US Airways Group, the parent company of US Airways, filed to merge with AMR Corporation, the parent company of American Airlines, in February of this year. If approved, the merger will create the world’s largest airline and to save two companies that have been in dire financial straits for nearly a decade. It would create an airline under American Airlines’ name and under AMR’s shareholders’ ownership (72%-28%), but operated by US Airways management.
There are various reasons supporting the logic of said merger, from an estimated $1.5 billion collective revenue and cost savings to US Airways’ creditor status in respect to American Airlines. The new airline will purchase hundreds of new planes, adding a boost to the global aeronautics market, and augmenting associated sectors, such as aeronautical mechanics, technic work, and engineering. The route network resulting from the merger will be the most expansive the world has ever seen, with multiple bases on every populated continent.
Despite these clear benefits, the United States Department of Justice filed to block the merger on August 13, 2013, citing decreased overall competition leading to higher prices for consumers and the disproportionate control the new American Airlines will exert over slot-controlled airports.
There are at least three good reasons why the DOJ should withdraw its lawsuit attempting to block the merger.
1. It’s unfair
If approved, the new American Airlines resulting from the merger will be the world’s largest airline. The DOJ and its supporters could object to the merger on these grounds. However, there is no clear precedent for blocking large mergers between primary carriers. The DOJ blocked neither the United-Continental merger in 2010 nor the Delta-Northwest merger in 2008, both of which created what are arguably the world’s largest carriers.
To add to the opacity of the DOJ’s precedence in challenging mergers, it all but blocked a proposed US Airways-United merger in 2000, only exacerbating future problems the carriers would face in the wake of the September 11, 2001 attacks. In this case, the proposed carrier would have been smaller relative to the market than United-Continental or Delta-Northwest (US Airways had yet to merge with America West).
There is no clear precedent that the DOJ has set in its decisions to block and allow airline mergers, and it has no established precedent for blocking the US Airways-American merger, seeing as it has allowed two other massive mergers in the past half-decade.
2. It’s unpopular
Our cities rely on the airline industry to support existing businesses, attract new businesses and to keep our local economies moving forward. The health and well-being of our cities and our citizens depends on this combination moving forward.
Seeing the clear advantages of a merger between these two carriers, both of which have complementary route networks, a bipartisan coalition of mayors, attorneys general, and labor leaders have voiced their opposition to the lawsuit. Indeed, the opposition to the lawsuit reaches across even the most divided of aisles — those of Congress.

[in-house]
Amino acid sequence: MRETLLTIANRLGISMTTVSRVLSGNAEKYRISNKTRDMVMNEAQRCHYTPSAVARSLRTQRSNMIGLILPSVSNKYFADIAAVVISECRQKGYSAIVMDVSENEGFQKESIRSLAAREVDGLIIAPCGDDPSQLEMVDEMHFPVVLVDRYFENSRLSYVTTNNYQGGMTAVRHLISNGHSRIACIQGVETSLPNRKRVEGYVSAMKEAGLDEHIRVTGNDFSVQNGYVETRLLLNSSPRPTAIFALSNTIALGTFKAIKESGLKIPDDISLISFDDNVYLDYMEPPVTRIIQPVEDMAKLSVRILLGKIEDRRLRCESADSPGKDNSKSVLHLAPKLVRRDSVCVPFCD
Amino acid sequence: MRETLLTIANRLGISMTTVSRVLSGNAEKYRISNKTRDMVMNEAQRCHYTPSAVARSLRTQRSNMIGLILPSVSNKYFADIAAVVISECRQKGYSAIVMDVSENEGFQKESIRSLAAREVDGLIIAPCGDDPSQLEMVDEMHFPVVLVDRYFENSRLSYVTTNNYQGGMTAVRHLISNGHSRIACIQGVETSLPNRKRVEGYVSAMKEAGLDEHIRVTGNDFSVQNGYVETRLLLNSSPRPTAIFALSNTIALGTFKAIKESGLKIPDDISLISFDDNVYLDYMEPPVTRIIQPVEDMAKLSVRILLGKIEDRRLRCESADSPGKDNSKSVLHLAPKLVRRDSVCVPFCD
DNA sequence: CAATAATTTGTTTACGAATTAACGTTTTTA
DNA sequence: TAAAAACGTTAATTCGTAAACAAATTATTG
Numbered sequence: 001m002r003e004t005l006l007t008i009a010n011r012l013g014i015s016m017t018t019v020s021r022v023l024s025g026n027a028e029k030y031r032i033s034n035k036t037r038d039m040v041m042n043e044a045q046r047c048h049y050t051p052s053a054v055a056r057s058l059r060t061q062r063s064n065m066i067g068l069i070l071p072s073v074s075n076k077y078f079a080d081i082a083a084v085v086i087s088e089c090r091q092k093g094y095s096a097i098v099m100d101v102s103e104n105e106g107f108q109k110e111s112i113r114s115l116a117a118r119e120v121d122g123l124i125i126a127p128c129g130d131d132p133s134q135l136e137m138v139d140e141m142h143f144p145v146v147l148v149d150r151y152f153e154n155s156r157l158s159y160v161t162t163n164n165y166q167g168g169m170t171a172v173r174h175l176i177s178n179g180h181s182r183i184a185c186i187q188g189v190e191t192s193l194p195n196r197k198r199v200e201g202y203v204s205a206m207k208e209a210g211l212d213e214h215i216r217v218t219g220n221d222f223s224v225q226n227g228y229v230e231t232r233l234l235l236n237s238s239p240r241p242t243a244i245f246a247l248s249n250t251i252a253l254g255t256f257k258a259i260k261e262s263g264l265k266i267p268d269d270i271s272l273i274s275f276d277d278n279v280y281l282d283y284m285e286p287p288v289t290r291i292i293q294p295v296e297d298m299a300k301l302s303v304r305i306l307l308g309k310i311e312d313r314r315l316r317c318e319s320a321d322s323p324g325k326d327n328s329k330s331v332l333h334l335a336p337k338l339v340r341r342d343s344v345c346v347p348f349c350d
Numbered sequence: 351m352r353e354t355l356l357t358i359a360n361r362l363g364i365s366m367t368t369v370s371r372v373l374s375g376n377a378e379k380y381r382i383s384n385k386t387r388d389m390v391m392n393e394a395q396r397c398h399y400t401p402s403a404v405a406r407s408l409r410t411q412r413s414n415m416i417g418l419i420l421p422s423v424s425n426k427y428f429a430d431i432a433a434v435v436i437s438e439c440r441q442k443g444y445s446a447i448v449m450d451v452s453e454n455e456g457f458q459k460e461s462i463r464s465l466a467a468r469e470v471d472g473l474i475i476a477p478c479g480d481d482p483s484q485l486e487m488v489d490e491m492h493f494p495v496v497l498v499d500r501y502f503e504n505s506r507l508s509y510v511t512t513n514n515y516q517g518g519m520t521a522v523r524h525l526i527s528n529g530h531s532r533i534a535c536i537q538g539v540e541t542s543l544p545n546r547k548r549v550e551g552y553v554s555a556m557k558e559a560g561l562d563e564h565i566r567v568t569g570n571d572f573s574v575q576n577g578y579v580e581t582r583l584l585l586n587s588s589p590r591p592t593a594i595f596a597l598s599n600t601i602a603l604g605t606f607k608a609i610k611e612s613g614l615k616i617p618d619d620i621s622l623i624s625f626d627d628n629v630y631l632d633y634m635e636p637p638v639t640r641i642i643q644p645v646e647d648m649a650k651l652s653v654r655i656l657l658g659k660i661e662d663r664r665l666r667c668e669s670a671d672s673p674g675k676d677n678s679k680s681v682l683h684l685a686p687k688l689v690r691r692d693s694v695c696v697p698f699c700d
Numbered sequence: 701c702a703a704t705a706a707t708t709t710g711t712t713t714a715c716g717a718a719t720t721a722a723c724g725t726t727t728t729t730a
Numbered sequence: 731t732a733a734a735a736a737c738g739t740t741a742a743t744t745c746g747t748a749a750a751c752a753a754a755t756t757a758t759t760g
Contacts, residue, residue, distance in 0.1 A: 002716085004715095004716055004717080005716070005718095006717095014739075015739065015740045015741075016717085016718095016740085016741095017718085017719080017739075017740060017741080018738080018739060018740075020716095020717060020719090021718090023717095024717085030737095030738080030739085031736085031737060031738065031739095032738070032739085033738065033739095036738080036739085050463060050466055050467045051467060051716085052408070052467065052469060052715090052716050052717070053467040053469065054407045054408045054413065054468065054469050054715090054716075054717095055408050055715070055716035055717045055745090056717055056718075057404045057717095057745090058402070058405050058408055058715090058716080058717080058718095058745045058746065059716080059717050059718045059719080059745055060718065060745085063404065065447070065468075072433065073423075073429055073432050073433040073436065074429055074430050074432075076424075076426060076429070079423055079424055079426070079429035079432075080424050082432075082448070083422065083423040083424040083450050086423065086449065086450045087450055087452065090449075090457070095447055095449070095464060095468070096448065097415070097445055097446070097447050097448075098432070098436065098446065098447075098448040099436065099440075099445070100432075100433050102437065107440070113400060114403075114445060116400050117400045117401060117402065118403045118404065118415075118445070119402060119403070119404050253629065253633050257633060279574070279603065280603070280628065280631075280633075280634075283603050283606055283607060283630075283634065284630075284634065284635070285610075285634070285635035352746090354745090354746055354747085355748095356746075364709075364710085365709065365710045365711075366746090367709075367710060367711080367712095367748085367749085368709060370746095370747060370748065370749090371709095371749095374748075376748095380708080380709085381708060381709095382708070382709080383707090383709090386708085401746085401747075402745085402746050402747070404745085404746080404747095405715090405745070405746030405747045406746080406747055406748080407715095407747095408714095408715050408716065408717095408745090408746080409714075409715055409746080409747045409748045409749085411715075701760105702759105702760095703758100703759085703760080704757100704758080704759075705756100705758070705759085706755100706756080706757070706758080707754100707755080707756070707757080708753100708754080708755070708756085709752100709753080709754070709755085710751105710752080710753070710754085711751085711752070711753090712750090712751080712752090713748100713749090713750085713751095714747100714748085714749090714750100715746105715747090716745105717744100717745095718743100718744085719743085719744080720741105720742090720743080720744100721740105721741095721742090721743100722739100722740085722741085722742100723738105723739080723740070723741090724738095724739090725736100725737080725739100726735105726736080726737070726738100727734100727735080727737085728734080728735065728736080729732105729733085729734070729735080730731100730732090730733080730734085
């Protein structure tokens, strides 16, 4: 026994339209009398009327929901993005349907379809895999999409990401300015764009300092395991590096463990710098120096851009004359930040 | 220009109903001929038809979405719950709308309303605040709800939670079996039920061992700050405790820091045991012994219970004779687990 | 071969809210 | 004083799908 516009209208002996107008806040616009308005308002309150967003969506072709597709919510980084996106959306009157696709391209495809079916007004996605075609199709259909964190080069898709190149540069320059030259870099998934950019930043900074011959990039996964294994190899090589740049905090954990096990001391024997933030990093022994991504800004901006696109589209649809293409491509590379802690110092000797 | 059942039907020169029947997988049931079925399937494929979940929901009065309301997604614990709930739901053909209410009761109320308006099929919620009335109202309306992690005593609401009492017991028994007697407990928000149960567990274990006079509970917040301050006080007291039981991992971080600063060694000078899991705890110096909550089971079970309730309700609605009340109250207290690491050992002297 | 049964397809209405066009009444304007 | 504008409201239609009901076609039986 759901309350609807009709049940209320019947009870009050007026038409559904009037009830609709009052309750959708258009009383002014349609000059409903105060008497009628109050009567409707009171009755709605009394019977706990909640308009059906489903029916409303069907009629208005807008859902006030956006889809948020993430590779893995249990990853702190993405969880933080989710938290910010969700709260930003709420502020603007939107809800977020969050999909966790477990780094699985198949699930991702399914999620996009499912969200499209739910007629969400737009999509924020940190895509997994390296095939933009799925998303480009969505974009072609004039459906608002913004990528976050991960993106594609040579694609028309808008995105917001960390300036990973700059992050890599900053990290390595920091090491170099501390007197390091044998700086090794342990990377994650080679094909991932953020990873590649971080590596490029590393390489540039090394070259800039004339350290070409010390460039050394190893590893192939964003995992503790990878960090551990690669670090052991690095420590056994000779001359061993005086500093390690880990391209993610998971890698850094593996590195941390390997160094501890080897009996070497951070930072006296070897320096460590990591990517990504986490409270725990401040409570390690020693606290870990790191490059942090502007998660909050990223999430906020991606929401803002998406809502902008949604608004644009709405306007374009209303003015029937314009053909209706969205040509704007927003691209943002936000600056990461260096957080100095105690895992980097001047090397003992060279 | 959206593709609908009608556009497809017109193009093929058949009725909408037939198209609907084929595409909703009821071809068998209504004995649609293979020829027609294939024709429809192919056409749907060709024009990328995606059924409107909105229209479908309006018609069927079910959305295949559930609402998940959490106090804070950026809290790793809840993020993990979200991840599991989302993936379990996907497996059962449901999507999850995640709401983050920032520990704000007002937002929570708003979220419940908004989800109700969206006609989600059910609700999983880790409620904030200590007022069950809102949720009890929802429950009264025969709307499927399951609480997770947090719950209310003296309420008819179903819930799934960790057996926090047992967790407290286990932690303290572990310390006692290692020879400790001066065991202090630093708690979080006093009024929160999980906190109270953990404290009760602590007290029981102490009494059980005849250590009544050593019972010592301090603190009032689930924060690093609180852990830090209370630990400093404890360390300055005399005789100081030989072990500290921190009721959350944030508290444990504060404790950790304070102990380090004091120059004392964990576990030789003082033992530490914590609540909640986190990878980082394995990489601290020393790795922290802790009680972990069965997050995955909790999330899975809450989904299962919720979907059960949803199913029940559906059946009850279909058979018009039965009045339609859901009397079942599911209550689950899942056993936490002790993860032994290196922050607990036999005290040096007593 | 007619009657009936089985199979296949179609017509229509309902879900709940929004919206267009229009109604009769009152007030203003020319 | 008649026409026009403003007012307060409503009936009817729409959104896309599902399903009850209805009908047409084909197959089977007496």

Even the attorney general of Texas, the home state of American Airlines, who originally filed to block the merger, has stepped away from the lawsuit.
The DOJ, as a government bureaucracy and an extension of the executive branch, is largely insulated from political demands and the feelings of popular opinion, whereas the marketplace is highly responsive to the demands of consumers and shareholders. The merger would mean increased access to an ever-growing network of routes for casual travelers, business travelers, executives, politicians, and more. Each additional route that a city is connected to is another route of commerce that can boost not only the business opportunities of those living in that city, but also the potential tax base for cash-strapped municipalities.
3. It’s bad for consumers
Although the airline industry tends to have competitive pricing, and although the airline industry tend towards consolidation due to economies of scale, new carriers are always working to undercut the fares of larger carriers. In the 1990s, Southwest Airlines made a name for itself by undercutting its competition and forcing them to lower prices in response (in what is now famously called “The Southwest Effect”). JetBlue Airlines has replicated this model, leading to lower across-the-board fares in cities in which the airline operates. Ultra-low fare carriers, which market themselves as no-frills, low-cost airlines, such as Spirit Airlines, have also begun undercutting large, pricier carriers as they expand their network of bases.
Even if the US Airways-American Airlines merger does lead to higher prices for consumers, this signals an opportunity to these lower-cost carriers to enter the markets on these routes. Without an incentive to launch new routes, most carriers will not service a particular market. Higher fares signal this incentive and open the opportunity for a new Southwest, JetBlue, or Spirit effect to fall into place.
In the end, it is unlikely that the DOJ’s lawsuit will succeed, with US Airways and American likely settling to use fewer overall slots at specific airports and to reach an endgame with the DOJ. Despite the eventual success of the merger, every day the DOJ attempts to block is another day that consumers, shareholders, and the global economy miss out on the benefits.